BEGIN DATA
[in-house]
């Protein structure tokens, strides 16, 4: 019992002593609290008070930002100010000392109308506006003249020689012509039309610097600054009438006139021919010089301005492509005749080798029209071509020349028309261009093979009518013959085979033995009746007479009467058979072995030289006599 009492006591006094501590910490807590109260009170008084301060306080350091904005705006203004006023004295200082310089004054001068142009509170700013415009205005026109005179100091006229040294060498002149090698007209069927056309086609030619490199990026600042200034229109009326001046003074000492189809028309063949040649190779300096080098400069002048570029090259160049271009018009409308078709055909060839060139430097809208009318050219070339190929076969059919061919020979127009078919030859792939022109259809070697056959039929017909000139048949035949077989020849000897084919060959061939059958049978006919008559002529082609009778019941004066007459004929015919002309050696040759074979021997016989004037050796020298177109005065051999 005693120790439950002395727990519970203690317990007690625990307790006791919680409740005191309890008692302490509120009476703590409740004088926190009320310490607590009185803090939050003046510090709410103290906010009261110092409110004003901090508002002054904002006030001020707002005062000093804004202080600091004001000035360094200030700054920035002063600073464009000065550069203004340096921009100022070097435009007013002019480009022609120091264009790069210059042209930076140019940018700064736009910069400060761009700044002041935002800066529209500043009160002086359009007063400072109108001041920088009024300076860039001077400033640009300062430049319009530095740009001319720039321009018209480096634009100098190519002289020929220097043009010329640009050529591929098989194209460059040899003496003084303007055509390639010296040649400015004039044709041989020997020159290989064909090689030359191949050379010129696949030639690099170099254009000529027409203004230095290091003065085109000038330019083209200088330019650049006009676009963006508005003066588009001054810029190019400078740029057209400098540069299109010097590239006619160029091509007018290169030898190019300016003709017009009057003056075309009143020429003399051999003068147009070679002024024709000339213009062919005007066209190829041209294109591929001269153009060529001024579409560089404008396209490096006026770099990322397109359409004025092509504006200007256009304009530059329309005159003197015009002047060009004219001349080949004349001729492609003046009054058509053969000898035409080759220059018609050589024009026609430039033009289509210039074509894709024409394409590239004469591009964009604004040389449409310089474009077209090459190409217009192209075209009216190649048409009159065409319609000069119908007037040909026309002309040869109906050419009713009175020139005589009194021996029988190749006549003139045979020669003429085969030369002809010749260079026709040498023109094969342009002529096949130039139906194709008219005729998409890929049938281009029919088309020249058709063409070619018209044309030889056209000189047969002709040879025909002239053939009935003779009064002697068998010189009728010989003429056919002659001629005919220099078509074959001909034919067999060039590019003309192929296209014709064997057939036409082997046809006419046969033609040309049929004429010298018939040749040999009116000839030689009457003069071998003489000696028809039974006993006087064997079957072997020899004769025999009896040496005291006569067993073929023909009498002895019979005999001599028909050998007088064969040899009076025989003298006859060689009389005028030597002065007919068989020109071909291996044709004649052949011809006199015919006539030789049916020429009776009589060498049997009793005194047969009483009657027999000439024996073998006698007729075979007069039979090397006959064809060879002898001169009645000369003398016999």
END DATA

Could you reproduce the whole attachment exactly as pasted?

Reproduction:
[in-house]
């Protein structure tokens, strides 16, 4: 019992002593609290008070930002100010000392109308506006003249020689012509039309610097600054009438006139021919010089301005492509005749080798029209071509020349028309261009093979009518013959085979033995009746007479009467058979072995030289006599 009492006591006094501590910490807590109260009170008084301060306080350091904005705006203004006023004295200082310089004054001068142009509170700013415009205005026109005179100091006229040294060498002149090698007209069927056309086609030619490199990026600042200034229109009326001046003074000492189809028309063949040649190779300096080098400069002048570029090259160049271009018009409308078709055909060839060139430097809208009318050219070339190929076969059919061919020979127009078919030859792939022109259809070697056959039929017909000139048949035949077989020849000897084919060959061939059958049978006919008559002529082609009778019941004066007459004929015919002309050696040759074979021997016989004037050796020298177109005065051999 005693120790439950002395727990519970203690317990007690625990307790006791919680409740005191309890008692302490509120009476703590409740004088926190009320310490607590009185803090939050003046510090709410103290906010009261110092409110004003901090508002002054904002006030001020707002005062000093804004202080600091004001000035360094200030700054920035002063600073464009000065550069203004340096921009100022070097435009007013002019480009022609120091264009790069210059042209930076140019940018700064736009910069400060761009700044002041935002800066529209500043009160002086359009007063400072109108001041920088009024300076860039001077400033640009300062430049319009530095740009001319720039321009018209480096634009100098190519002289020929220097043009010329640009050529591929098989194209460059040899003496003084303007055509390639010296040649400015004039044709041989020997020159290989064909090689030359191949050379010129696949030639690099170099254009000529027409203004230095290091003065085109000038330019083209200088330019650049006009676009963006508005003066588009001054810029190019400078740029057209400098540069299109010097590239006619160029091509007018290169030898190019300016003709017009009057003056075309009143020429003399051999003068147009070679002024024709000339213009062919005007066209190829041209294109591929001269153009060529001024579409560089404008396209490096006026770099990322397109359409004025092509504006200007256009304009530059329309005159003197015009002047060009004219001349080949004349001729492609003046009054058509053969000898035409080759220059018609050589024009026609430039033009289509210039074509894709024409394409590239004469591009964009604004040389449409310089474009077209090459190409217009192209075209009216190649048409009159065409319609000069119908007037040909026309002309040869109906050419009713009175020139005589009194021996029988190749006549003139045979020669003429085969030369002809010749260079026709040498023109094969342009002529096949130039139906194709008219005729998409890929049938281009029919088309020249058709063409070619018209044309030889056209000189047969002709040879025909002239053939009935003779009064002697068998010189009728010989003429056919002659001629005919220099078509074959001909034919067999060039590019003309192929296209014709064997057939036409082997046809006419046969033609040309049929004429010298018939040749040999009116000839030689009457003069071998003489000696028809039974006993006087064997079957072997020899004769025999009896040496005291006569067993073929023909009498002895019979005999001599028909050998007088064969040899009076025989003298006859060689009389005028030597002065007919068989020109071909291996044709004649052949011809006199015919006539030789049916020429009776009589060498049997009793005194047969009483009657027999000439024996073998006698007729075979007069039979090397006959064809060879002898001169009645000369003398016999």